TOPEKA, Kan. Four out of five Americans have baked a pie, according to a recent survey conducted for Pillsbury Refrigerated Pie Crusts. The majority of those chefs 77 percent baked their first pie by age 29.
Sandy Cravens wasn't surprised. She and her husband, Ken Cravens, aka "The Pie Guy," sell homemade pies and sweets at farmers' markets in Topeka and Manhattan.
As a child, Cravens watched and helped her mother and grandmother bake pies.
"My grammie ... didn't really have a written-down recipe. Just dump and pour a handful of this and pinch of that," she said. "I think every good cook develops their own recipes."
Cravens said she can't follow someone else's recipe without tinkering with it. And she doesn't hesitate to break the cooking rules she doesn't like.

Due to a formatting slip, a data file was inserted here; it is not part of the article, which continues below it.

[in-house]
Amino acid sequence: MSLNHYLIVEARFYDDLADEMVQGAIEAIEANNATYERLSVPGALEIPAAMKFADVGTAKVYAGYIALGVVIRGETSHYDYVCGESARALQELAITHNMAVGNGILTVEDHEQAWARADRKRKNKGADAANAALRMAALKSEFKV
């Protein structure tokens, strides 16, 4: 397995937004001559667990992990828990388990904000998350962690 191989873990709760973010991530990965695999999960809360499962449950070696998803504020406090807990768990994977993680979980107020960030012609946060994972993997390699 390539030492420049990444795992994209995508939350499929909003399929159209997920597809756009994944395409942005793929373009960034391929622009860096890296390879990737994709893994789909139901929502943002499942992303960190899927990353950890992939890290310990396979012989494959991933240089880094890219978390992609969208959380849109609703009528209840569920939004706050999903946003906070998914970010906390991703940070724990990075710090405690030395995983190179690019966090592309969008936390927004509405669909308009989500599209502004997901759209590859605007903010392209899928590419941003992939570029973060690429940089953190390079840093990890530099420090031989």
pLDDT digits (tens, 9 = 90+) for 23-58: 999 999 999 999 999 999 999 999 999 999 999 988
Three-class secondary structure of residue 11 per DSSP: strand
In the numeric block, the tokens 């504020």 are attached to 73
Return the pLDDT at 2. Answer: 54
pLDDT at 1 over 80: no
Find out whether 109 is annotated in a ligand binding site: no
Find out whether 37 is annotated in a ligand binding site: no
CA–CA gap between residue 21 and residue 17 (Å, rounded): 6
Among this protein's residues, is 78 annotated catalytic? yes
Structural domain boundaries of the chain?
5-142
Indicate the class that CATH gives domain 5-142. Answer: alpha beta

Cravens developed her own pie crust recipe after getting frustrated with the more classic recipes.
"They always say use cold water," she said. "I never could get it to work. The dough was always hard."
Cravens uses warm water instead and said the dough was much easier to work with. She described the texture as biscuit-like.
"It makes a mushy, sticky, soft dough," she said. "I work my dough with both hands and squish it with my hands until it squeezes through my fingers."
Slices of life:
89: Percentage of women who have made a pie
58: Percentage of men who have made a pie
44: Percentage of Americans who made their first pie by age 18
35: Percentage of women who make pies to show they care for the family
27: Percentage of men who make pies so they can show off their talents and-or creativity in the kitchen
24: Percentage of Americans who taught themselves how to make pies
30: Percentage of Americans who think their moms are the best pie makers in the family.
Source: A July 2004 national survey conducted by TNS-NFO for Pillsbury Refrigerated Pie Crusts
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